Whilst talking with a candidate recently we discussed the reward package, she quickly moved the subject on to flexible working and how her time would be managed in the role. This is hardly a surprise as flexible working arrangements are the top employee benefit with almost half (49%) of workers saying flexibility and work-life balance will be the most important benefits to them in the future. (Personnel Today)

Whilst an employee can request flexible working after 26 weeks of continuous employment, these requests are often made prior to employment. People want flexibility from day 1 with it to be built into the fabric of their role and the organisation. Remember that flexible working is not just reduced/part-time hours, but includes full-time employees working on a more flexible basis, e.g. different start and finish times, compressed hours or working from home.

As a firm believer in flexible working and the benefits it can bring to an organisation, I believe it’s time to consider your stance on this important topic. This can, however, present some challenges and key considerations which will need to be thought through, some of which are highlighted below:

  • IT – Access to computers and portable technology can represent a significant cost for business and with the GDPR legislation increasing the control of the way data is accessed, this can present a significant challenge for businesses
  • HR – Being able to effectively support an organisation spread over a larger geographical area, and when people work more flexibly provides challenges. Consider how to organise partnering meetings, training and development interventions and how you will ensure you’re there when people need your help. By allowing people to work flexibly, you may also find that people work too much, creating an “always on” culture, which is equally as bad for your business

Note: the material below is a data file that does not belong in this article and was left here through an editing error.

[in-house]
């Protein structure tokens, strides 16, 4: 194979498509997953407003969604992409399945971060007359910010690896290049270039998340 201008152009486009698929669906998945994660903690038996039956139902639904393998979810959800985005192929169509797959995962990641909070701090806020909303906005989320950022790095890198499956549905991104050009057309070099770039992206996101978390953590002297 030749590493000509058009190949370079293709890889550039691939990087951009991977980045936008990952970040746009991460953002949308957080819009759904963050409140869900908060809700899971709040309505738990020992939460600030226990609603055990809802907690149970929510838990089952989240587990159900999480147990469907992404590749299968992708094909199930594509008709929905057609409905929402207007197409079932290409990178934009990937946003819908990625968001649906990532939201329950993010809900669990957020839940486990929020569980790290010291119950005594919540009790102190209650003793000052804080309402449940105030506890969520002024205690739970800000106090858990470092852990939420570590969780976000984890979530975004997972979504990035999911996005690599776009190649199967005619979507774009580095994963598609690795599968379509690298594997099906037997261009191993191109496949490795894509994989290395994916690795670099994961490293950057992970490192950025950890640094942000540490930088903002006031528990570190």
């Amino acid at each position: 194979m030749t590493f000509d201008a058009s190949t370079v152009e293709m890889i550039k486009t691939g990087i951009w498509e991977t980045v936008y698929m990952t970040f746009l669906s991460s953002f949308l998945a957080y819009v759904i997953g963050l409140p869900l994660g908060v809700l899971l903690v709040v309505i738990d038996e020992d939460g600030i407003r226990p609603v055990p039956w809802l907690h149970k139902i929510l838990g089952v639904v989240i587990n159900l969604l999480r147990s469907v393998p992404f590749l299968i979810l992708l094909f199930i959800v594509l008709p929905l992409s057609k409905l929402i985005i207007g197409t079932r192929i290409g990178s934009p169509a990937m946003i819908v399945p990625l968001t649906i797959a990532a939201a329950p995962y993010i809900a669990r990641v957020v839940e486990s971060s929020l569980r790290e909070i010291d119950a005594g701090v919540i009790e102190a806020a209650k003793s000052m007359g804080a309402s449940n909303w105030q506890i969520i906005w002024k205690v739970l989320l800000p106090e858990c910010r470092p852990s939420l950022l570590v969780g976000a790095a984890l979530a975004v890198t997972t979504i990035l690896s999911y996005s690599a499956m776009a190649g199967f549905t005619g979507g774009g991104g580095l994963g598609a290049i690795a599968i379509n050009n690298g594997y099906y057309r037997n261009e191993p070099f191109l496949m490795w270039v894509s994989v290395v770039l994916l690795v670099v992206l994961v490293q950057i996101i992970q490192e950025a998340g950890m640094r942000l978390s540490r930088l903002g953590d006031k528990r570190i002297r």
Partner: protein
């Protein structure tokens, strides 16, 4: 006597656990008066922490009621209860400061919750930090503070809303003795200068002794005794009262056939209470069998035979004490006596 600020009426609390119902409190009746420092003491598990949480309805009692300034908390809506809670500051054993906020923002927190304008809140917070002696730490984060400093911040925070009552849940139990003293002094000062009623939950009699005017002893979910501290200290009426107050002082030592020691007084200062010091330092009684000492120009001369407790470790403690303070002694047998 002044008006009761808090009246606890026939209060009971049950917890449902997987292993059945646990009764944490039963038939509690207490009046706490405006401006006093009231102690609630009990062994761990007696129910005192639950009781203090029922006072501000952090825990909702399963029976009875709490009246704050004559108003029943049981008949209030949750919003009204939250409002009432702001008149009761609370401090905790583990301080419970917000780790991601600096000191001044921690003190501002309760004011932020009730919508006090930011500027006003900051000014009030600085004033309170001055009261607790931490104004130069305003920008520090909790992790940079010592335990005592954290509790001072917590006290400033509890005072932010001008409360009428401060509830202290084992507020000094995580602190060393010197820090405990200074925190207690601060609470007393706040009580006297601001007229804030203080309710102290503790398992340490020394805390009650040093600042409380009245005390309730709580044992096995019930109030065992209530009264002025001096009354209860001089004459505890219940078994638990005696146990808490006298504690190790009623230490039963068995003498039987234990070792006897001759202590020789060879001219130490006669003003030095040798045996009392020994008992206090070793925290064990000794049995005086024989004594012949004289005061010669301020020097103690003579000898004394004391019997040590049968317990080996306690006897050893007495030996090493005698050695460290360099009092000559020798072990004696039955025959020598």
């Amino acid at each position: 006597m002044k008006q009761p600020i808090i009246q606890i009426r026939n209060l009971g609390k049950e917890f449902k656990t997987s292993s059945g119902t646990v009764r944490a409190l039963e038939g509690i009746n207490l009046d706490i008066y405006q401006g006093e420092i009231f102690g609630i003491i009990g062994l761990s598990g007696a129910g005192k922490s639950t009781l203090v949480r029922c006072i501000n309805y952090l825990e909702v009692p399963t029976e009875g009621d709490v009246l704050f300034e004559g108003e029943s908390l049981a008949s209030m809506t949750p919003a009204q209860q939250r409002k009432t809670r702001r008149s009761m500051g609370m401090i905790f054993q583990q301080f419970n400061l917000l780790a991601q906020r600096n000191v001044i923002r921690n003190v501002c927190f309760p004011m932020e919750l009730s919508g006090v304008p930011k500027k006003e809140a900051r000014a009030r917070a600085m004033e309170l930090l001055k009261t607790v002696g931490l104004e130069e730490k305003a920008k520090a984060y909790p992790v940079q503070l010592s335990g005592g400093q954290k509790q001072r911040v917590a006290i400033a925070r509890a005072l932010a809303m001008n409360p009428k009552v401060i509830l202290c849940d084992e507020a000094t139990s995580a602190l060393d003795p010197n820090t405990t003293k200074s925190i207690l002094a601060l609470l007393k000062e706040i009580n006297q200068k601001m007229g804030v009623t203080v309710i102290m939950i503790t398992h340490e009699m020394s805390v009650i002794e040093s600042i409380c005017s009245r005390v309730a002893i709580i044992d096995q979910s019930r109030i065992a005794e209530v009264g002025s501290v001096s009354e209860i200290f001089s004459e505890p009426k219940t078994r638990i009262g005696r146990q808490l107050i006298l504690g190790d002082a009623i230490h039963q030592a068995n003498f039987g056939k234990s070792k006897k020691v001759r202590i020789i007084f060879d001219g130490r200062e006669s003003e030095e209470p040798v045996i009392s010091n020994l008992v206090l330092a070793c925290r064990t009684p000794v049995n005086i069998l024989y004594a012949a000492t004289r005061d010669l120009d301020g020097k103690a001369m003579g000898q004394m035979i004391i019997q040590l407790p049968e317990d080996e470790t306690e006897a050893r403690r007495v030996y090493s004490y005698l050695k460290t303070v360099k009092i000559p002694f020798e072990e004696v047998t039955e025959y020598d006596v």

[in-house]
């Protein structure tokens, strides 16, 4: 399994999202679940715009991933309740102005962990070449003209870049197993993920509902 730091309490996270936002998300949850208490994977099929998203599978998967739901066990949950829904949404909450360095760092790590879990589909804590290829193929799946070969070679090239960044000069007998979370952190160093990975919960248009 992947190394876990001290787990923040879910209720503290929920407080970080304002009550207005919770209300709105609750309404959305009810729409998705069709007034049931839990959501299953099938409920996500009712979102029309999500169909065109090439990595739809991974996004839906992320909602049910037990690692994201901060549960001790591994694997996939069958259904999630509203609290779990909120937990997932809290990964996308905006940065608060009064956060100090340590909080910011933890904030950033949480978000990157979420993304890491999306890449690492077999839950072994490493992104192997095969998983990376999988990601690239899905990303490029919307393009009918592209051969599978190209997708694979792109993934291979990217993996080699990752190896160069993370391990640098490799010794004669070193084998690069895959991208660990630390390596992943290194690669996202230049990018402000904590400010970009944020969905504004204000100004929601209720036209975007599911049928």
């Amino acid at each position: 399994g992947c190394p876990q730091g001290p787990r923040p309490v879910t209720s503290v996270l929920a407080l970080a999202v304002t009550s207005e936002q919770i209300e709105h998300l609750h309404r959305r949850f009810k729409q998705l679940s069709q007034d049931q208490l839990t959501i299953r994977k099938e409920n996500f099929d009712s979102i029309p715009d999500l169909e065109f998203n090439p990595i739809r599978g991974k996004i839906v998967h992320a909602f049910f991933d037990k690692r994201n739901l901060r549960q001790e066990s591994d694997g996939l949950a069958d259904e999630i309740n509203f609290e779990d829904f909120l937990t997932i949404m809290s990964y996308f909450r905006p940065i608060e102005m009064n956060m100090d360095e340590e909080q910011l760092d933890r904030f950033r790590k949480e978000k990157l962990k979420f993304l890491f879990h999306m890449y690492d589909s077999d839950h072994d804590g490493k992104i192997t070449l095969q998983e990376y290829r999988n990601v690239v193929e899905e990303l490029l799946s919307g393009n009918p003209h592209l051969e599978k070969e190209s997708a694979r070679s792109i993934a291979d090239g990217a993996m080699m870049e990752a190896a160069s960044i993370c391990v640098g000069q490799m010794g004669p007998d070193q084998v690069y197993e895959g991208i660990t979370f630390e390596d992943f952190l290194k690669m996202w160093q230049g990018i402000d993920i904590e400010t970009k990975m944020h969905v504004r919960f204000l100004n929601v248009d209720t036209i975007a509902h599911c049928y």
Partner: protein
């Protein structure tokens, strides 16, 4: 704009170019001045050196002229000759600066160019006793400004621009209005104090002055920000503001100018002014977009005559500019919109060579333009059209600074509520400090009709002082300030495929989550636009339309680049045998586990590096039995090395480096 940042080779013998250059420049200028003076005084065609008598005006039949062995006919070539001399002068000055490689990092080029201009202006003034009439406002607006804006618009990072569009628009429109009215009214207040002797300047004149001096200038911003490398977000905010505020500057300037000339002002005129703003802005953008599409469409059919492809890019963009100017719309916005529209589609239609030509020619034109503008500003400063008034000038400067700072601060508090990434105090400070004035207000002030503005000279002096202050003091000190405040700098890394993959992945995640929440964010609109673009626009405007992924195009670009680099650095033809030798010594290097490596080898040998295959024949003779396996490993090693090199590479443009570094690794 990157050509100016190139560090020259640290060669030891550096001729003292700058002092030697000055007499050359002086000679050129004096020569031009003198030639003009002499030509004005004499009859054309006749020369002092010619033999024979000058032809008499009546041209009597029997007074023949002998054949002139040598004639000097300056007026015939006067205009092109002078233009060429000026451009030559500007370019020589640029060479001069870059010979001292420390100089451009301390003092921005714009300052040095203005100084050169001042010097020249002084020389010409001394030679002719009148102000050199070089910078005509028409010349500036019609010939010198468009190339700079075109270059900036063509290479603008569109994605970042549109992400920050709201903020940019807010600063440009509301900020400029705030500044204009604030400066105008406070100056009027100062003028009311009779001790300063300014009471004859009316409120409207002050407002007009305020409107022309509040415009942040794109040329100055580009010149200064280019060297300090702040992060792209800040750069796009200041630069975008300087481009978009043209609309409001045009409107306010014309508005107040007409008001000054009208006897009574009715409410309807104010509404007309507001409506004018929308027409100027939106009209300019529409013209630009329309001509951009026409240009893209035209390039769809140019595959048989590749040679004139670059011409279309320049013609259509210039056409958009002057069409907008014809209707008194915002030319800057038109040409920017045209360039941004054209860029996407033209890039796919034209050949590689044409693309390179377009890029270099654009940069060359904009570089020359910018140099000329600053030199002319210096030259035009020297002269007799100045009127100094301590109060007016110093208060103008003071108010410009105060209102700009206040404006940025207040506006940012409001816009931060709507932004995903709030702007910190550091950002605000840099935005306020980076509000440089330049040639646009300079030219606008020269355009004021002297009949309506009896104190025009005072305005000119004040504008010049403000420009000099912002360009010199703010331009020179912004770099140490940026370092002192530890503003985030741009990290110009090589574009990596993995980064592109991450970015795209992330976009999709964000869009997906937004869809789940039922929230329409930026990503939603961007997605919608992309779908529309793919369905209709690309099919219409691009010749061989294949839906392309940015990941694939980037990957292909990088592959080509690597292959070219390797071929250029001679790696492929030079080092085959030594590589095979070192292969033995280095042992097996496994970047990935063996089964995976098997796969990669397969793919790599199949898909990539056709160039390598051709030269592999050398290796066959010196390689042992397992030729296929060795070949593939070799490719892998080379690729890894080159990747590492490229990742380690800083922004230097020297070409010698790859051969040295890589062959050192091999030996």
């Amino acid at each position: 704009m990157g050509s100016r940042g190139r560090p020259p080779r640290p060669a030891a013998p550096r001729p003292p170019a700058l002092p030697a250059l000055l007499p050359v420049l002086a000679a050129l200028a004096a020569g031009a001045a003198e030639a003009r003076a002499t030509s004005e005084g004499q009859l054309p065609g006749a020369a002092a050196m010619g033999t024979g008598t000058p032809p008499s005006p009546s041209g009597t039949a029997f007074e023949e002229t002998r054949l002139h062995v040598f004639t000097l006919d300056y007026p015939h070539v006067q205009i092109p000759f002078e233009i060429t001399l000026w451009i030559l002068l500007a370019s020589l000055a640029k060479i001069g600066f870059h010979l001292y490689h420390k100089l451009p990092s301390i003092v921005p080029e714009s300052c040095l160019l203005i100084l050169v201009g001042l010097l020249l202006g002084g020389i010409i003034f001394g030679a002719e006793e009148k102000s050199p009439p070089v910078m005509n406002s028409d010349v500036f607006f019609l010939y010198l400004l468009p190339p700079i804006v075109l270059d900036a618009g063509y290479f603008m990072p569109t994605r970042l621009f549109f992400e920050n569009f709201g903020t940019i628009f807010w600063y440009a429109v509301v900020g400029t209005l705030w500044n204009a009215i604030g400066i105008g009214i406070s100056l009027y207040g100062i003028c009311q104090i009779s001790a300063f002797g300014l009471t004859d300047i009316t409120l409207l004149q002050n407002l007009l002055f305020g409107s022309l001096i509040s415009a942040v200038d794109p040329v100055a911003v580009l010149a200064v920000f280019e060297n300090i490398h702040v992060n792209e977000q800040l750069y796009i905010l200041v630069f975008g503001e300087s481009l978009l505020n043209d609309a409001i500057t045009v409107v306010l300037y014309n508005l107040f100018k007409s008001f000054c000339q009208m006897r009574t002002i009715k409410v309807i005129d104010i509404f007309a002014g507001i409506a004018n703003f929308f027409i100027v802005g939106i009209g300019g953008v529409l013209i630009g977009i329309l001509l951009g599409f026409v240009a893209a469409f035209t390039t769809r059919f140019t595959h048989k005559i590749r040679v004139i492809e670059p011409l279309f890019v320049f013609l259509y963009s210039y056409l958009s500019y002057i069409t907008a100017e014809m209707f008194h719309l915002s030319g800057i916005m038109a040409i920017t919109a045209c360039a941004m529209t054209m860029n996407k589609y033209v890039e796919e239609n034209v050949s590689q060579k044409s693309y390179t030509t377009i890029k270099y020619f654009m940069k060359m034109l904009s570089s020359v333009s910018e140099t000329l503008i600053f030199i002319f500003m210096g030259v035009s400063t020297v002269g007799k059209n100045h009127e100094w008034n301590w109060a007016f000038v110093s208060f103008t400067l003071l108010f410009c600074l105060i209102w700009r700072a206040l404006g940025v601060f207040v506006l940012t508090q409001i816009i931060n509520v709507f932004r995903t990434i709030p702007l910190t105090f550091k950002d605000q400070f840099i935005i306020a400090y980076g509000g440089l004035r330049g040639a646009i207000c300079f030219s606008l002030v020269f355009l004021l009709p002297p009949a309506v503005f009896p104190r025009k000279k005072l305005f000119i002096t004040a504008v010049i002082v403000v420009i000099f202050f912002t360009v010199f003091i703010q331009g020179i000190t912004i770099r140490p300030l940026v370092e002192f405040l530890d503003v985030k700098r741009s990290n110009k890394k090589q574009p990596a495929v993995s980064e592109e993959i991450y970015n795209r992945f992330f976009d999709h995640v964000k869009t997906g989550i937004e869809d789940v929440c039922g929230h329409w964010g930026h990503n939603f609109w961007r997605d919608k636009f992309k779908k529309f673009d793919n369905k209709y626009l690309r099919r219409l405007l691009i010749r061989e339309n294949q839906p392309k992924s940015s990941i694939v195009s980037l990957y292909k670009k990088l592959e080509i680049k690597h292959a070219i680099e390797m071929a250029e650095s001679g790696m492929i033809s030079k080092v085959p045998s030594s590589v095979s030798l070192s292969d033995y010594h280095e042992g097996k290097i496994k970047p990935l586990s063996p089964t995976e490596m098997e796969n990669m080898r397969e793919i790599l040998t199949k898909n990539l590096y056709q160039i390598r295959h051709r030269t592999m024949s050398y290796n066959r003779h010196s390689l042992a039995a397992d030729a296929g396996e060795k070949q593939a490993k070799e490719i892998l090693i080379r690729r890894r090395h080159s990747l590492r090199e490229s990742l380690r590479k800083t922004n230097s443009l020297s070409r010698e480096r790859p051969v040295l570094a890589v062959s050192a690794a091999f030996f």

• Business Operations – People working flexibly can have significant challenges in certain types of business; especially if you’re customer facing or need people to support at the end of the phone. You also need to consider how meetings take place and how you progress projects that require multiple stakeholders. Managing a remote team requires additional skills from a line manager, you’ll need to think about how will you upskill your existing management team

Whilst the above highlights just a few flexible working considerations, the big question is whether or not you want to make the change, there are often workarounds (some of these at a cost) to overcome these problems.

Business leaders need to face up to the reality of flexible working and the requirements of the “modern day” workforce. Long gone are the days of presentism and working the standard 9am – 5pm, or even 8am – 6pm day!

If your organisation isn’t seriously considering flexible working as part of your reward strategy (or working to implement it) you’re already behind the curve. This will lead to disengagement in your teams, cultural challenges and you’ll struggle to attract the top talent your business really needs!

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Last Updated on 4 years by Gary Parsons

Author: Gary Parsons
Gary is CEO at Talk Staff, passionate about the role that people play in helping build long-term and sustainable businesses. He sits on local business advisory boards and has been key in leading the growth of Talk Staff from inception in 2009.